News Wrap: Last Attempts by Lawmakers to Prevent Sequester Fail
HARI SREENIVASAN: This was “sequester eve” in Washington, the last day before $85 billion in automatic budget cuts are due to begin. Eleventh-hour votes to prevent the cuts failed, and lawmakers left for a long weekend.
NewsHour congressional correspondent Kwame Holman has our report.
KWAME HOLMAN: As the Senate began work this morning, Majority Leader Harry Reid was still saying it wasn't too late.
SEN. HARRY REID, D-Nev.: We believe we have a balanced plan to remove the threat of the sequester. Everybody agrees, Republicans around the country, about 80 percent of the Americans agree it's the right thing to do. Almost 60 percent of Republicans around the country agree it's the right thing to do. The only Republicans in America that don't agree are those that serve in Congress.
KWAME HOLMAN: Democrats offered a plan to cancel the sequester and replace it with a mix of tax increases and targeted spending cuts phased in over 10 years.
SEN. MITCH MCCONNELL, R-K.y.: It isn't a plan at all. It's a gimmick.
KWAME HOLMAN: Republicans derided the bill, and Minority Leader Mitch McConnell charged President Obama has manufactured a crisis.
MITCH MCCONNELL: Look, our country has a spending problem, a pretty massive one. Most of us in the chamber at least acknowledge that fact. But we can either address the problem in a smart way, or we can do it in the way he's proposed.
KWAME HOLMAN: Another Republican, Pat Toomey of Pennsylvania, said the smart way is to rule out tax hikes and let the president decide the best way to implement spending cuts.
SEN. PAT TOOMEY, R-Pa.: It's not necessary if we pass this legislation because it would give the president the flexibility to cut the items that wouldn't be disruptive to our economy, would not be disruptive in any meaningful way.
KWAME HOLMAN: The White House rejected that idea out of hand.
Spokesman Jay Carney called it the worst of all worlds.
JAY CARNEY, White House Spokesman: This bill is an effort to shift the focus away from the need for the Congress to work toward a bipartisan compromise that would avoid sequestration.
KWAME HOLMAN: In the end, neither side could get the 60 votes needed to bring up its bill. The stalemate guaranteed the sequester will take effect before tomorrow ends.
At the same time, the top House and Senate leaders are due to meet with the president at the White House. It will be their first formal discussion on the matter.
HARI SREENIVASAN: Wall Street mostly marked time today in the run-up to the federal budget cuts. The Dow Jones industrial average lost nearly 21 points to close at 14,054 after coming close to its all-time high. And the Nasdaq fell two points to close at 3,160.
The Obama administration moved today to intervene in a challenge to California's ban on gay marriage. It was widely reported the Justice Department is urging the U.S. Supreme Court to strike down the ban.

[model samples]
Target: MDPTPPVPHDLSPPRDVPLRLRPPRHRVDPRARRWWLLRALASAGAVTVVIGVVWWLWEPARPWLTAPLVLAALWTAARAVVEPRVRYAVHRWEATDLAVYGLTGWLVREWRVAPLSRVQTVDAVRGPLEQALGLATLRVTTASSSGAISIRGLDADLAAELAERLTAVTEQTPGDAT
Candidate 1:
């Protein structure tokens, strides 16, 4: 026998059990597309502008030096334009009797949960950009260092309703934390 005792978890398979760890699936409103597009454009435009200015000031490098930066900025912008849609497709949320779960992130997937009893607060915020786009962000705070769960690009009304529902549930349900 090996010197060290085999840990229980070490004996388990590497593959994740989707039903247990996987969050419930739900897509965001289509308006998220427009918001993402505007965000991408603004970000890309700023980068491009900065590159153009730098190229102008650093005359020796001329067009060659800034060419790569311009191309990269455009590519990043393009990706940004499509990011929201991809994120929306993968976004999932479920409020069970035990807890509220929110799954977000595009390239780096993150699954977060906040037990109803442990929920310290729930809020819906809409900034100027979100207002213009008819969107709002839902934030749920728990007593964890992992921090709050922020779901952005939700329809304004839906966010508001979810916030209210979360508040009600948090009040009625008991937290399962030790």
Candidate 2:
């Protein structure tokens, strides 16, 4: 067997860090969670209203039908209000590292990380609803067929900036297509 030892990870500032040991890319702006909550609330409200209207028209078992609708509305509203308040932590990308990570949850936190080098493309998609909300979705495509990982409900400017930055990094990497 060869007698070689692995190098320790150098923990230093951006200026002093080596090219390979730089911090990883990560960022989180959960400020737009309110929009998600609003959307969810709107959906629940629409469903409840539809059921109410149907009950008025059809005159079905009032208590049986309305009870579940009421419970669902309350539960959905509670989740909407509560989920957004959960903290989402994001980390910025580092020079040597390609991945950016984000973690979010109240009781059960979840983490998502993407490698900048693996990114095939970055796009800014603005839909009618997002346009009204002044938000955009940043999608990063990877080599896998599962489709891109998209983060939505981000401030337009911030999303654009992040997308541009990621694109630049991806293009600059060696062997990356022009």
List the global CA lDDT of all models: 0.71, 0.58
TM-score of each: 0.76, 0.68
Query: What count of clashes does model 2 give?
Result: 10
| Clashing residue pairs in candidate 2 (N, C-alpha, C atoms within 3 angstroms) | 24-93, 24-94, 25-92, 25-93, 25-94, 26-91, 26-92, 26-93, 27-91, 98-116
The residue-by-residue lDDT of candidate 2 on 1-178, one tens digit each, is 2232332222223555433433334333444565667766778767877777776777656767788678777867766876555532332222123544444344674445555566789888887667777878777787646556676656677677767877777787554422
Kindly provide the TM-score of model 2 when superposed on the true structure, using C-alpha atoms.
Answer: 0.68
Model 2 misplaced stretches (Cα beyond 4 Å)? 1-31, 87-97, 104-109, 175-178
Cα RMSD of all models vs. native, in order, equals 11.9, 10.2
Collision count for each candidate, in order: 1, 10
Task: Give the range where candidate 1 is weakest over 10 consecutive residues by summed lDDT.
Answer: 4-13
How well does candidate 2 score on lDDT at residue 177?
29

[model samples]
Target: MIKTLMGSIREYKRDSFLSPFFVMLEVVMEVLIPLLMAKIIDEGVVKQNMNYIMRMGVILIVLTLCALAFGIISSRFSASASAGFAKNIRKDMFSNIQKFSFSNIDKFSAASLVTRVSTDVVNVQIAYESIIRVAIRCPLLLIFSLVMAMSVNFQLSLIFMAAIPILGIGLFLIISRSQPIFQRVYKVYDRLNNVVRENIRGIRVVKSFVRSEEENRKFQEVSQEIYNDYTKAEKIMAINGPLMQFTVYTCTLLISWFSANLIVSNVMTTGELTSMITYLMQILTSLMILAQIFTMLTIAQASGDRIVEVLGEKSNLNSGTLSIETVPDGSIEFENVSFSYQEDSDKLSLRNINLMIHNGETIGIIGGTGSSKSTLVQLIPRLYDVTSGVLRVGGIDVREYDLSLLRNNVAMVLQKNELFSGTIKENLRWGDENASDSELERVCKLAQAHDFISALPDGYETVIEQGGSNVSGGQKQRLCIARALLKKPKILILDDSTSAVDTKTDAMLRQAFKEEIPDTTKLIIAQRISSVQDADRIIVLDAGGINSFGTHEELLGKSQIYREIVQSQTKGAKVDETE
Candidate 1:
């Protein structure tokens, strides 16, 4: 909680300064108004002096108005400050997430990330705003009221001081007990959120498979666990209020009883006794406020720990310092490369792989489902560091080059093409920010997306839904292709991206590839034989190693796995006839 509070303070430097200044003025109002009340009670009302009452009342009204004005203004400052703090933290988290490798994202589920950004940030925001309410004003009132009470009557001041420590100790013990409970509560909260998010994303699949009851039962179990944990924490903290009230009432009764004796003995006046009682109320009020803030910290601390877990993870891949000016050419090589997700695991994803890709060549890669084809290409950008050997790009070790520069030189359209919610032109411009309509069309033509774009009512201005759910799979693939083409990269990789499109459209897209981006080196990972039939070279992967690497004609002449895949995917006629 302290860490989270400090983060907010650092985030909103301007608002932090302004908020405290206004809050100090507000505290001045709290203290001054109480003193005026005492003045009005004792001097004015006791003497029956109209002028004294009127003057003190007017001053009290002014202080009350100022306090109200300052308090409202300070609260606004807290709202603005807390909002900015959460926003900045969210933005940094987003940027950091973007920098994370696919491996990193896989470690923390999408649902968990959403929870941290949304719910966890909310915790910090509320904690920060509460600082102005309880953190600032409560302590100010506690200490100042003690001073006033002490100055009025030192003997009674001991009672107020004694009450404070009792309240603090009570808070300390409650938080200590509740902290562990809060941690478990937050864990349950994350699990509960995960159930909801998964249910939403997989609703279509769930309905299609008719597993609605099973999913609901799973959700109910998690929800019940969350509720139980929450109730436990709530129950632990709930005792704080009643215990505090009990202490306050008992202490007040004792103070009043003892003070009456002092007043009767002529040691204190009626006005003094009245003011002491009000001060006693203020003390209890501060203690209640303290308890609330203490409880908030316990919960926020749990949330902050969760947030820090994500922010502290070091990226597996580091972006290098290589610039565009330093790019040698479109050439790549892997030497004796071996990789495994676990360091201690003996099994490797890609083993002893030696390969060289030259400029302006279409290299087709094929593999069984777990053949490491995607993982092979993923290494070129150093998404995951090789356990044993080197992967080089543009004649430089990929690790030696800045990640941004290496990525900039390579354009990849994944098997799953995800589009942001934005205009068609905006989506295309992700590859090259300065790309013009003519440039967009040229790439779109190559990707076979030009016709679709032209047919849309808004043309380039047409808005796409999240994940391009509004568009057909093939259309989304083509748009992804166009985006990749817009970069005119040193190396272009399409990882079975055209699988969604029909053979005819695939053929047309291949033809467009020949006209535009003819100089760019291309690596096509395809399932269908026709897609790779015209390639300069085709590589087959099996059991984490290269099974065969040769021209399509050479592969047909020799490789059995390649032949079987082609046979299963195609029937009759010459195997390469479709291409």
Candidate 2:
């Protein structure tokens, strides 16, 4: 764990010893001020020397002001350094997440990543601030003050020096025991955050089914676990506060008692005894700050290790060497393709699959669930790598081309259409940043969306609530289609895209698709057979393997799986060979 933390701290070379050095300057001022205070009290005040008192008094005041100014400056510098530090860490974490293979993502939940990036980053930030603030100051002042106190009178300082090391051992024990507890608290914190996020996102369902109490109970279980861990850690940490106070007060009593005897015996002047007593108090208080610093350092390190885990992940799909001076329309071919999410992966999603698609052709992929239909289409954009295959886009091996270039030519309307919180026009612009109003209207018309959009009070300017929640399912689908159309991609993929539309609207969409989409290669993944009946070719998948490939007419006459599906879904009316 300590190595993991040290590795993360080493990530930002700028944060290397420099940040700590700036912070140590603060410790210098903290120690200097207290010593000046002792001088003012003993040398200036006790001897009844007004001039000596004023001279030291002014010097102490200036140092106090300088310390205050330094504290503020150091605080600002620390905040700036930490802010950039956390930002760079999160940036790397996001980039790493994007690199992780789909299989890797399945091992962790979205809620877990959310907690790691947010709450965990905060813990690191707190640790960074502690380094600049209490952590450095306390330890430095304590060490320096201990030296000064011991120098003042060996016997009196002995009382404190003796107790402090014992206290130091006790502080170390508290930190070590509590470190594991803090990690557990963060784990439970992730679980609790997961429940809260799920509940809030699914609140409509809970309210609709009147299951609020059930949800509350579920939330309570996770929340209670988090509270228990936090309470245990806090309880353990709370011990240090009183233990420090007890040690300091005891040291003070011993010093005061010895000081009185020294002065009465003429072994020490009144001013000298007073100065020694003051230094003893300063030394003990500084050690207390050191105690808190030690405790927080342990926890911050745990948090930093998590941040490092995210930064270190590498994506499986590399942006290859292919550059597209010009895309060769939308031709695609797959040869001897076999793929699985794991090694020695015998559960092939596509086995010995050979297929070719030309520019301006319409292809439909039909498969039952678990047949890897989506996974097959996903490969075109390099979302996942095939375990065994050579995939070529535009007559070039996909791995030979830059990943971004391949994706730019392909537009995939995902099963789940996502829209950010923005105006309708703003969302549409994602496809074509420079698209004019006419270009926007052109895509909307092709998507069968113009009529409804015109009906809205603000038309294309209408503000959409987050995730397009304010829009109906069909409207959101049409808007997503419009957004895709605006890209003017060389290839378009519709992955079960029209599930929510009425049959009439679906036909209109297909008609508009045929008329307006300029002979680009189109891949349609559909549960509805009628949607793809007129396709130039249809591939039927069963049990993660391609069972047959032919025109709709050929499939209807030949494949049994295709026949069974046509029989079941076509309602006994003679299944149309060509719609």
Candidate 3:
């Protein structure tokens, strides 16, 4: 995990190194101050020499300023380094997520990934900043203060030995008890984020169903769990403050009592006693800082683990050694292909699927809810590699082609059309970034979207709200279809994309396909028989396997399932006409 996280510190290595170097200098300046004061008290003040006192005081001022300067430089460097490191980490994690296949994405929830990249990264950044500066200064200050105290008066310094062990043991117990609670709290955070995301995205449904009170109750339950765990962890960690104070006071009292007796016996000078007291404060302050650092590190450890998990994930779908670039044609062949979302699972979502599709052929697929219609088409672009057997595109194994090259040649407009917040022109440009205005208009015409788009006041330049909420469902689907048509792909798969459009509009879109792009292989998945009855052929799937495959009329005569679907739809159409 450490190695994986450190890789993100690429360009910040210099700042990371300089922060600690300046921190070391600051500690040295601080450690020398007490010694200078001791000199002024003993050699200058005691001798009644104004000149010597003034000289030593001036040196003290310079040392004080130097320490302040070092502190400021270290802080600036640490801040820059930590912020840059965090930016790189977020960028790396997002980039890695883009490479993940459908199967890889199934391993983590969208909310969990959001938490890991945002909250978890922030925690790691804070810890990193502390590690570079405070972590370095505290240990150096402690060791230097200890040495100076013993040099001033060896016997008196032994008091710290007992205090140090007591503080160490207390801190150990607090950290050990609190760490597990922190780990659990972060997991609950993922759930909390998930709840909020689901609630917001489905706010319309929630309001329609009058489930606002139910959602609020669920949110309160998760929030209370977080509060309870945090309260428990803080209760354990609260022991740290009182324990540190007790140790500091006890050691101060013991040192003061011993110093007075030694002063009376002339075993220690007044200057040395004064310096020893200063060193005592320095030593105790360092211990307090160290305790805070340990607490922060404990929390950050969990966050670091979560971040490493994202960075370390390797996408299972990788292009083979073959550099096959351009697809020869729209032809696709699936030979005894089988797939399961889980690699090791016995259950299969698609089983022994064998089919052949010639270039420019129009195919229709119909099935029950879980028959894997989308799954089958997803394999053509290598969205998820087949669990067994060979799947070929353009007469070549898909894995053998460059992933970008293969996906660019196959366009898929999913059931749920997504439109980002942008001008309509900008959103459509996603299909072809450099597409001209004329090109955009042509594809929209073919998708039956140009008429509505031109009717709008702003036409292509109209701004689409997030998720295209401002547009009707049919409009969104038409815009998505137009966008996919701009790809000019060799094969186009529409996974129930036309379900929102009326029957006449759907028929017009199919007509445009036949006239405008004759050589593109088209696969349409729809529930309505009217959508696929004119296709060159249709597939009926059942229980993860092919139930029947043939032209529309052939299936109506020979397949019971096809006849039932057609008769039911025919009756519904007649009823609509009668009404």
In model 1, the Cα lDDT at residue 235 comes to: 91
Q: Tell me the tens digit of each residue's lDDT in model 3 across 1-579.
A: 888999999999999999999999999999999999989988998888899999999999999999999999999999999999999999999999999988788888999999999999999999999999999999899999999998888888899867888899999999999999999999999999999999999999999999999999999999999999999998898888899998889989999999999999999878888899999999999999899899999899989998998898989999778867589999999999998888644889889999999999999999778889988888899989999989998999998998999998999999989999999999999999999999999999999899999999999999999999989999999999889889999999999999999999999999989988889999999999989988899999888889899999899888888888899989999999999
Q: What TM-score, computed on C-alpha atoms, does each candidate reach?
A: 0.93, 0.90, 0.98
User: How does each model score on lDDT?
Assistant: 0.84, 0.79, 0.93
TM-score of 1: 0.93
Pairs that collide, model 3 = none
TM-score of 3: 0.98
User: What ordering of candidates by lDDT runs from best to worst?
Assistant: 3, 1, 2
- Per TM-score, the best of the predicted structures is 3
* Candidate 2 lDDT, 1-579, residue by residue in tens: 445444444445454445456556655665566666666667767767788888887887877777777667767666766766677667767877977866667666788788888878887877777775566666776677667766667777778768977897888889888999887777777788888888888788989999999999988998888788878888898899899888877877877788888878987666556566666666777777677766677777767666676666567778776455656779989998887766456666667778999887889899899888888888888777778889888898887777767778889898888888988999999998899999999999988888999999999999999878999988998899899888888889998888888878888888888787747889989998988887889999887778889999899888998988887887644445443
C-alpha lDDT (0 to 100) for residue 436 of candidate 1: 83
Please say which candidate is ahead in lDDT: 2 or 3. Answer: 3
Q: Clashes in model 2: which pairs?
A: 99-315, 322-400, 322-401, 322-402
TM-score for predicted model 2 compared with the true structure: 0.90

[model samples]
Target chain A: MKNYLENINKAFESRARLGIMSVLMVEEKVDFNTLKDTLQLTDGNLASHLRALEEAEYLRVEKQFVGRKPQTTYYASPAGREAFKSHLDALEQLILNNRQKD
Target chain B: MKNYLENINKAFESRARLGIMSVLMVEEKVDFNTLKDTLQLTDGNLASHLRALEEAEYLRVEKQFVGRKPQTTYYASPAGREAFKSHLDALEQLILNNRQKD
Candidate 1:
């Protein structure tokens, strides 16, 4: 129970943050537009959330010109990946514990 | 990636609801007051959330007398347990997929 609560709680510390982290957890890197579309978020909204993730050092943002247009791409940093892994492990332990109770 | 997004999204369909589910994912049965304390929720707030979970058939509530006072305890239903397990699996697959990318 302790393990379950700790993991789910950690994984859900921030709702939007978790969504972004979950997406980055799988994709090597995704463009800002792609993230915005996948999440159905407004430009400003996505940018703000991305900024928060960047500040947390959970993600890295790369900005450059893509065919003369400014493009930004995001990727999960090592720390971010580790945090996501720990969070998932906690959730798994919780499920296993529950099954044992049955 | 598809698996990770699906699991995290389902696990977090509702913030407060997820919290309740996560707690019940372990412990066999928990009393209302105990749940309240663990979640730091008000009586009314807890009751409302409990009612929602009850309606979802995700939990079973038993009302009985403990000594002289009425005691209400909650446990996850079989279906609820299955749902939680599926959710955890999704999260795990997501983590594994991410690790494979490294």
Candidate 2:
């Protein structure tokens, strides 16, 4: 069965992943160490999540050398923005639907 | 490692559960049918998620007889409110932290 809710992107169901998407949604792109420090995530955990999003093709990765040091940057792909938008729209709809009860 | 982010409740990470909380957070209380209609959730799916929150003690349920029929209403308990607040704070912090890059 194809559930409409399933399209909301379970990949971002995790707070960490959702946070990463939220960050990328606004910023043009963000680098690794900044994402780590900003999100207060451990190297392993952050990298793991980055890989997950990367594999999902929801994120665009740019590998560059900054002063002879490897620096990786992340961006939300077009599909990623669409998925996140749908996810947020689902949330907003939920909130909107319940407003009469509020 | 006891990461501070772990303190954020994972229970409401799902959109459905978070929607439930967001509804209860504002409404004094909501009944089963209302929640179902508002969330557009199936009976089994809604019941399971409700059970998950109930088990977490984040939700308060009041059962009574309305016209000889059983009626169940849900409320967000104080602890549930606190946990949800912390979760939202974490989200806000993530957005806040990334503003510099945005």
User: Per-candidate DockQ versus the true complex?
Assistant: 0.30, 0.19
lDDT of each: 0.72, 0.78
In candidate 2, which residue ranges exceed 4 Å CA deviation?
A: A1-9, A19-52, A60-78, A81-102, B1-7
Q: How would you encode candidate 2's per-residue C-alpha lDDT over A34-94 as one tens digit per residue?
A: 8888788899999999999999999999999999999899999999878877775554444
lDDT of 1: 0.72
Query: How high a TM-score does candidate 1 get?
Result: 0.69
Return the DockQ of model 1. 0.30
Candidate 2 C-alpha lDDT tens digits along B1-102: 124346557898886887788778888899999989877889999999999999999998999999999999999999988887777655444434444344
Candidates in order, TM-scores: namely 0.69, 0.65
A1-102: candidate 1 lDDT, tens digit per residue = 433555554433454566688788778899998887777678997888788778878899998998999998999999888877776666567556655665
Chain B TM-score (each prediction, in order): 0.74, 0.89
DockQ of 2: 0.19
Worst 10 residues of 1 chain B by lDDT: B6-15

We get more from Chris Geidner, senior political and legal reporter for the website BuzzFeed.
Thanks for being with us.
Help us understand why this is so significant that the administration is getting involved.
CHRIS GEIDNER, BuzzFeed: Well, this is the United States Supreme Court hearing a case involving whether or not same-sex couples have the constitutional right to marry.
And this is the first time that they have heard such a case where the administration is weighing in and is saying that they think that this 2008 amendment is unconstitutional, that it violates their constitutional rights to not be allowed to marry.
HARI SREENIVASAN: So, why did the administration get involved now? Was there pressure building? Because the president has said in the past that this is a states issue, right?
CHRIS GEIDNER: Right.
Well, I mean, there was pressure building from advocates based on the statements that the president made himself, saying in his inaugural address that our gay and lesbian brothers and sisters should be treated equally under the law. It was going to be very hard to gel that and his own personal support for marriage equality with not taking a position in this case, which is obviously going to be at the fore of the important cases that the court's going to be hearing.
HARI SREENIVASAN: All right, Chris Geidner from BuzzFeed, thanks so much.
CHRIS GEIDNER: Thanks.
HARI SREENIVASAN: President Obama plans to name a former law school colleague, Edith Ramirez, to chair the Federal Trade Commission. In that role, she will confront several major merger cases and online privacy issues. Ramirez worked with Mr. Obama on The Harvard Law Review. Later, as an attorney in Los Angeles, she specialized in business litigation. She has served on the FTC since 2010. Her designation as chairwoman doesn't require Senate confirmation.
Bomb blasts erupted across Iraq today, killing at least 22 people and wounding dozens more. In Baghdad, a pair of bombs exploded almost simultaneously outside a fast food restaurant and a soccer field. Bombers also struck in two other towns to the south of the capital. The targets were in areas that are mostly home to Shiites. The attacks came as Sunnis have been mounting weekly protests against the Shiite-led government.
Those are some of the day's major stories -- now back to Judy.